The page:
Flowers, horse race mark Day of the Dead
APMEXICO CITY -- Mexicans cleaned the bones of dead relatives and decorated their graves with flowers and candy skulls. In Haiti, voodoo practitioners circled an iron cross at a cemetery and poured moonshine to honor their ancestors. Some Guatemalans held a wild horse race to remember the dead.
November 3, 2012, 12:03 am TWN
Across the Western Hemisphere, people are paying homage to lost relatives in observances that began Thursday on All Saints' Day and continue Friday with All Souls' Day.
The combined celebration known in many places as the Day of the Dead is a particularly colorful and macabre festival in Mexico that harks back to the Aztecs but has become part of Roman Catholic traditions.
“In the European-Christian notion of death, our loved ones go far away and we're left to survive on our own. But in the Mexican case, in Andean countries, the world of the living and the dead co-exist,” said Elio Masferrer, an anthropologist who focuses on religious studies in Mexico.
“The living seek help and protection from the dead, especially on the Day of the Dead,” Masferrer said.
And while in the Judeo-Christian traditions, the dead go to either heaven or hell based on their behavior on Earth, many in Mesoamerica and Andean countries believe they work for the Gods and are supported by their family members still on Earth, he said.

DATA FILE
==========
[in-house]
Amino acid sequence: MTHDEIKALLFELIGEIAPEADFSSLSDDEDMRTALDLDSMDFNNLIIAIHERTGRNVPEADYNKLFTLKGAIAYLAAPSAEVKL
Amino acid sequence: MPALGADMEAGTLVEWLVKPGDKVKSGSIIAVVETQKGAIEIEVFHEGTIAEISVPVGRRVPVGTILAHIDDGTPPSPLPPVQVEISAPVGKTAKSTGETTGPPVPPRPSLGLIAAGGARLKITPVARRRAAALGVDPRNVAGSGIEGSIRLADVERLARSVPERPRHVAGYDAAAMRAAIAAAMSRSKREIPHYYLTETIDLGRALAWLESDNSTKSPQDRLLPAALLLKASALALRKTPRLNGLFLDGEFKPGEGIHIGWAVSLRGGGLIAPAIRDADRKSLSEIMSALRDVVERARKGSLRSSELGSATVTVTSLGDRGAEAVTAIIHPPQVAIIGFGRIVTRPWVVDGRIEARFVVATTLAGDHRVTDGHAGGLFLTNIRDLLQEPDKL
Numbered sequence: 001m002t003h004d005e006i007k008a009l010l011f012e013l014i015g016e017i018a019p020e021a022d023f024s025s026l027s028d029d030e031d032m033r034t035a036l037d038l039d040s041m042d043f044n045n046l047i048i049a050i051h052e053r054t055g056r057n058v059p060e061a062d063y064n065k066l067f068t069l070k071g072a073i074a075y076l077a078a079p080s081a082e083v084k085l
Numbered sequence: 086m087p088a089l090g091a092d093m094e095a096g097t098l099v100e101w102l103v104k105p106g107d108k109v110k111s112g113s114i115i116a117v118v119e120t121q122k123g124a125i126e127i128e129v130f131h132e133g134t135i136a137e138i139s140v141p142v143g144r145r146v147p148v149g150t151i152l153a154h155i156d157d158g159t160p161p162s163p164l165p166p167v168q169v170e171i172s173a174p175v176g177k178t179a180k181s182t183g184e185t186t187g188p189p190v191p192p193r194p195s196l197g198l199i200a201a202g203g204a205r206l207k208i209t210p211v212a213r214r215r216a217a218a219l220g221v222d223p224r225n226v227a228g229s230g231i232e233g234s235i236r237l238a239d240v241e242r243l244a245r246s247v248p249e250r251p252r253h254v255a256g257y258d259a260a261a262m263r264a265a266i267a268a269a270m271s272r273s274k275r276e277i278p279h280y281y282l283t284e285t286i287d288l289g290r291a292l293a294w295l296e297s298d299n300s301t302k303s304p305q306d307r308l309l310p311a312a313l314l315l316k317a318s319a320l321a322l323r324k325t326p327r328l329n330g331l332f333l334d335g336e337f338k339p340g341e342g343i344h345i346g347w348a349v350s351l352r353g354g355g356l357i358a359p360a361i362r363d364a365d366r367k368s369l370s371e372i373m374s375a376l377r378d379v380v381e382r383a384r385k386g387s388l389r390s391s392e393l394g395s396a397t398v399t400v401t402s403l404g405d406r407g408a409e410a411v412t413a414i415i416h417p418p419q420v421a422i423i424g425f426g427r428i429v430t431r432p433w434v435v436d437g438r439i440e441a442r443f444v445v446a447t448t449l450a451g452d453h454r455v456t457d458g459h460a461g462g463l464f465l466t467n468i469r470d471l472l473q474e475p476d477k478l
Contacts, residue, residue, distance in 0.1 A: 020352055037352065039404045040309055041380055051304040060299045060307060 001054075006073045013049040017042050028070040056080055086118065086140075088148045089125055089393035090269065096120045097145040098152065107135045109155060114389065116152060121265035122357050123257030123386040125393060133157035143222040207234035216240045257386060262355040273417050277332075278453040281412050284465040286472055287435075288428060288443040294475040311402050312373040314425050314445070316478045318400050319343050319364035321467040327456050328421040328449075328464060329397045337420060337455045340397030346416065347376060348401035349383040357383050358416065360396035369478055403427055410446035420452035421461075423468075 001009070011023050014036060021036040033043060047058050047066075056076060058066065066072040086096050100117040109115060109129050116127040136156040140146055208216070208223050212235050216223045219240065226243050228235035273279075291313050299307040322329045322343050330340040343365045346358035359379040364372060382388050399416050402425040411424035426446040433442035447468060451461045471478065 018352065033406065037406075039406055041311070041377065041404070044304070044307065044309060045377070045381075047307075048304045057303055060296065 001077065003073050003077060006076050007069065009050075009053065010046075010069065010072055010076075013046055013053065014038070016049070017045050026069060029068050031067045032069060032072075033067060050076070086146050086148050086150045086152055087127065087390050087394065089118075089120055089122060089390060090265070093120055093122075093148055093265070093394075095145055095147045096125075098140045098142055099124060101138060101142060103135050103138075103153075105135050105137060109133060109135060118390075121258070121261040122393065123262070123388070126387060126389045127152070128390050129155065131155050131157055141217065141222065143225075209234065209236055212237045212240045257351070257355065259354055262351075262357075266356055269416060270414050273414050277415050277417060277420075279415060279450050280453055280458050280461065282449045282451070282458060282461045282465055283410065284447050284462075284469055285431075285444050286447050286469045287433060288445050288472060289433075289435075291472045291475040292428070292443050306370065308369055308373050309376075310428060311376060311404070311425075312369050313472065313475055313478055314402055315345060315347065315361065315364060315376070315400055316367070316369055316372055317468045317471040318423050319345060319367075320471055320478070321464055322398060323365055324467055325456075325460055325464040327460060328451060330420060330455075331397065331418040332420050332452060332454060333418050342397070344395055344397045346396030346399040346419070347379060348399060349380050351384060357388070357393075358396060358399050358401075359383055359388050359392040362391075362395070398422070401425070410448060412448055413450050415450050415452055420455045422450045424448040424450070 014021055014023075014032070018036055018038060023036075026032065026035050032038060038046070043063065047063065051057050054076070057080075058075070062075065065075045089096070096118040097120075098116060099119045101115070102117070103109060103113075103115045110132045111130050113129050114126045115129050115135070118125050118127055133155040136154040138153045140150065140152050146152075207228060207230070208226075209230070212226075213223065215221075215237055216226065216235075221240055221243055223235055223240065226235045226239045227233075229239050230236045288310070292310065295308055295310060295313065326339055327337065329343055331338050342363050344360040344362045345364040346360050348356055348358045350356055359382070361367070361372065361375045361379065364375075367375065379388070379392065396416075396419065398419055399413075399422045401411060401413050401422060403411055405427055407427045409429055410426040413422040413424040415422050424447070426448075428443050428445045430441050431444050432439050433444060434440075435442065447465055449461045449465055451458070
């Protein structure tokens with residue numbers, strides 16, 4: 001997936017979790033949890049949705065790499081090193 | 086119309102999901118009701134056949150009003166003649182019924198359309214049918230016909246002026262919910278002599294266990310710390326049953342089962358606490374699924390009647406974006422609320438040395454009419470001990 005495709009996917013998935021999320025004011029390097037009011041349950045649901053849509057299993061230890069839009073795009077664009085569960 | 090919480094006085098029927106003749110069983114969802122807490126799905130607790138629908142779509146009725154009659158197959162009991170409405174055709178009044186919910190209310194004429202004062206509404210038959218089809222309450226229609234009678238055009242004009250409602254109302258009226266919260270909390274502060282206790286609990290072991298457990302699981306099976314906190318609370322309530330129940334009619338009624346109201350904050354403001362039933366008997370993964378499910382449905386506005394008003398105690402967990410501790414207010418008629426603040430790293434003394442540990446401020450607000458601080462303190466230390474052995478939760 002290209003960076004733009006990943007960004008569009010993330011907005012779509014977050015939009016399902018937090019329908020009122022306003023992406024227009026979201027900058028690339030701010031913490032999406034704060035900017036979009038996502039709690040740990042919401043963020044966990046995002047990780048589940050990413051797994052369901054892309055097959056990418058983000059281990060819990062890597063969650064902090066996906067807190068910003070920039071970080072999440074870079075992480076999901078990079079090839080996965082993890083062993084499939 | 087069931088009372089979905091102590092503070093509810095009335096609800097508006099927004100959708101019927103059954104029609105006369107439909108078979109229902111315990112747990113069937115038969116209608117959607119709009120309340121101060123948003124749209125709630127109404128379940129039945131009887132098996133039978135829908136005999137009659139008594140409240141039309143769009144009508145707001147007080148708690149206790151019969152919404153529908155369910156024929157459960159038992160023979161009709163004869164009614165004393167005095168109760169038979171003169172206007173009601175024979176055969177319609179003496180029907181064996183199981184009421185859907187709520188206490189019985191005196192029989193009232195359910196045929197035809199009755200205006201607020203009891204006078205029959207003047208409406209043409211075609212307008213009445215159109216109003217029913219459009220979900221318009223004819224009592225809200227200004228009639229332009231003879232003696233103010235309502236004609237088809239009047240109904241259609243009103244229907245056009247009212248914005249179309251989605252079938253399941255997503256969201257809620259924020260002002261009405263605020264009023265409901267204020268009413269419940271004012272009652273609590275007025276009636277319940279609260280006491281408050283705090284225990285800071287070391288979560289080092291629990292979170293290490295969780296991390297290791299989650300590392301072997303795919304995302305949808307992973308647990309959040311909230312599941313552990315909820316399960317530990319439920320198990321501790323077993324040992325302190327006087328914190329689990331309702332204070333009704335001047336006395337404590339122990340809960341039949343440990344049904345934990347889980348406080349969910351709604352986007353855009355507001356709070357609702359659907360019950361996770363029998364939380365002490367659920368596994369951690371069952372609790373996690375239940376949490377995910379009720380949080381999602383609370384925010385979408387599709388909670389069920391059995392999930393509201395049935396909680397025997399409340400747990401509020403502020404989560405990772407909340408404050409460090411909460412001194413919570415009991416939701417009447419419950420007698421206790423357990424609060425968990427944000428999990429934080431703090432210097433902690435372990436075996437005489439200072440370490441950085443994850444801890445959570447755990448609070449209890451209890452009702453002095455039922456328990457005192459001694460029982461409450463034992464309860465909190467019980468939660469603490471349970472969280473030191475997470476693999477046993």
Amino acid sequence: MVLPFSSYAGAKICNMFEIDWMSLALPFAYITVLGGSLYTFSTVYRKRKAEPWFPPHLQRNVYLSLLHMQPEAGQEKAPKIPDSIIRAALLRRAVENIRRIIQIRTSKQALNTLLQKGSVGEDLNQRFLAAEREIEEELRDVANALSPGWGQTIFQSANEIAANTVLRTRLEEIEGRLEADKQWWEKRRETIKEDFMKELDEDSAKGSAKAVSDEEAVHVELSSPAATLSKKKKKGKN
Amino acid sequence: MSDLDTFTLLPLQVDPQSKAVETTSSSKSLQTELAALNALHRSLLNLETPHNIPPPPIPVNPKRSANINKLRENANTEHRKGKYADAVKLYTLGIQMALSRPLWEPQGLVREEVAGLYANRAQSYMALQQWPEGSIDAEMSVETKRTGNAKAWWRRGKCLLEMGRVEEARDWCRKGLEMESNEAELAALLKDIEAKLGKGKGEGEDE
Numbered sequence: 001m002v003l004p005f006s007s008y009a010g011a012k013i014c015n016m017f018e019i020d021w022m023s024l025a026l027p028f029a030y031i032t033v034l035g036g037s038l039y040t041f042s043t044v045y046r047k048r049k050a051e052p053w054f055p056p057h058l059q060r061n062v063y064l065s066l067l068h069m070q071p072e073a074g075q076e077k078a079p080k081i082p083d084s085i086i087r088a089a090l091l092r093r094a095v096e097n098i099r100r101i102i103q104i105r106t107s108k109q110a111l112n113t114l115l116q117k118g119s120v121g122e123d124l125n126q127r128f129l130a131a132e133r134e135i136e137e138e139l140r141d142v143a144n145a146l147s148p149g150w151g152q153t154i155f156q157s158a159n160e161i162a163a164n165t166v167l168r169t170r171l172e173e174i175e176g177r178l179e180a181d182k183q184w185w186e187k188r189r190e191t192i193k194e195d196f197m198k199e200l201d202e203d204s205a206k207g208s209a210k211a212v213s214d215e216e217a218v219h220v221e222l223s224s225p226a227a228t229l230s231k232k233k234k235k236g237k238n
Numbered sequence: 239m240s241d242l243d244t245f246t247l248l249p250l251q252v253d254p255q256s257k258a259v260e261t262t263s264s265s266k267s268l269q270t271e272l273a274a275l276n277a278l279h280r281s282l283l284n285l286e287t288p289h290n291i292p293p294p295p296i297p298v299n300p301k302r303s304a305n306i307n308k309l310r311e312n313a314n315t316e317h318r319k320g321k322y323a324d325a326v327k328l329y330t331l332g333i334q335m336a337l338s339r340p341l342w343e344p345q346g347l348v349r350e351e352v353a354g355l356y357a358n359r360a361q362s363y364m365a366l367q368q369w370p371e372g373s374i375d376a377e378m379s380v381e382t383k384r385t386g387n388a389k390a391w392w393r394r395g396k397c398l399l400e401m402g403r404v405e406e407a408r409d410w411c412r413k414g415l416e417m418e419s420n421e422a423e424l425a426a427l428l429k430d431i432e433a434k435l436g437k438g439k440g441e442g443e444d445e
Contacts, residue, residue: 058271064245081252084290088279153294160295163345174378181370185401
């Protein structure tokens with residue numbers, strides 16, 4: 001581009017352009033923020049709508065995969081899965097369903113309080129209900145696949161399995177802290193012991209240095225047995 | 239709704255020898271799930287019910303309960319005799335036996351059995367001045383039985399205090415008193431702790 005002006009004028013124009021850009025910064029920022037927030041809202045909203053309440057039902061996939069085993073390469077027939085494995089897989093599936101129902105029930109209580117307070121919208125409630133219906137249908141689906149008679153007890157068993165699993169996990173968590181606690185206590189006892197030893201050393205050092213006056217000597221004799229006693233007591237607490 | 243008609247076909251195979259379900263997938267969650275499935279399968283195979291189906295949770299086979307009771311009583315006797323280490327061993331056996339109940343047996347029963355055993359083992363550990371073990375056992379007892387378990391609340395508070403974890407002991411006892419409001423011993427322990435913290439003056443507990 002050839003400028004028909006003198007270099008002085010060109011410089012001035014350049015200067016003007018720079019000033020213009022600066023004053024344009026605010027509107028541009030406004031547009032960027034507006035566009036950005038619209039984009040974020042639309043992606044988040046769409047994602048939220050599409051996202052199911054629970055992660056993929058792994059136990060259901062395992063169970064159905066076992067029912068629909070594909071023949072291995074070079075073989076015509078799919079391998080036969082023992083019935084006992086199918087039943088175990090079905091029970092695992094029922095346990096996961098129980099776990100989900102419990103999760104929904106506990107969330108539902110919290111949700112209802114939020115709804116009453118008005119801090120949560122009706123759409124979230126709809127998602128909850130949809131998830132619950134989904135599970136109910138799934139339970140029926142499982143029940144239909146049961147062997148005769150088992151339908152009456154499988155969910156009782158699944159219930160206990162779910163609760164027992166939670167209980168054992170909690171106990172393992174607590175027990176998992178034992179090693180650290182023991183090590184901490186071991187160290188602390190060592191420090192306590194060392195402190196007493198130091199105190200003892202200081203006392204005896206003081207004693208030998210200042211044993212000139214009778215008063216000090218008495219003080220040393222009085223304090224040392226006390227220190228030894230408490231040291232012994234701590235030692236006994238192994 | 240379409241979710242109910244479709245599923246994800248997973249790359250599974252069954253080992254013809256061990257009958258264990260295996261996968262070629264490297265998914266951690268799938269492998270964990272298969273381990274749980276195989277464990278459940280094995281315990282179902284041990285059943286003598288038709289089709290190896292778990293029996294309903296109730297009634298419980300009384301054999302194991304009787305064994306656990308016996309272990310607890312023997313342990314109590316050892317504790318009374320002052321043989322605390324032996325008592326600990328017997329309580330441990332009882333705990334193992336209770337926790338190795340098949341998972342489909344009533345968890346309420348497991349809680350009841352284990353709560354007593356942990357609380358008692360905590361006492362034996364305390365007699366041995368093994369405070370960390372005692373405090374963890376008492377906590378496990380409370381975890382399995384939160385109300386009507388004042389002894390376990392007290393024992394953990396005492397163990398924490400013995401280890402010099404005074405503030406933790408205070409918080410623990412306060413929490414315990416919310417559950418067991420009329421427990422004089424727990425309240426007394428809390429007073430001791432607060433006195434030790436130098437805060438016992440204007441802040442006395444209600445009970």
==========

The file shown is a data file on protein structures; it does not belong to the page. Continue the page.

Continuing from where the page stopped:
Families across Mexico took picnics to cemeteries, decorated graves with marigolds and sprinkled holy water on the tombs of their loved ones.
A “rezador” or prayer man whispered The Lord's Prayer at a cemetery in Pomuch in the southeastern state of Campeche, while Paula Maria Cuc Euan, dusted off the bones of her parents.
Across the border in Guatemala, jockeys drank alcohol before mounting horses on a ride known as “The Death Race.” It is celebrated every year in Huehuetenango state, some 168 miles (270 kilometers) from the capital, and tradition holds that if a rider falls during the race it's a sign that farmers will enjoy an abundant harvest.
Peruvians flocked to cemeteries, from low-lying ones on the coast overlooking the Pacific to graveyards high in the snow-capped Andes.
Thousands crowded Lima's Virgen de Lourdes cemetery, the country's largest, to leave flower offerings and dance to Andean music. Hilarion Ramos, 79, left a bouquet of Incan lilies at the grave of his son who died in 1979 at age 2.
Musicians played nearby while Lucila Mamani, 62, and her three brothers danced around the grave of her mother.
Food played a big role in Bolivia where many people celebrated the “return” of loved ones with full tables.
Fruit, bread and wine were set on a white tablecloth for Blanca Jimenez's dead family members, who were represented by framed photographs next to lit candles.
The celebration permeates all social circles in Bolivia, including the very top of the government. Officials at the foreign relations department set up a large table with paintings of indigenous heroes and social leaders to “welcome their souls.”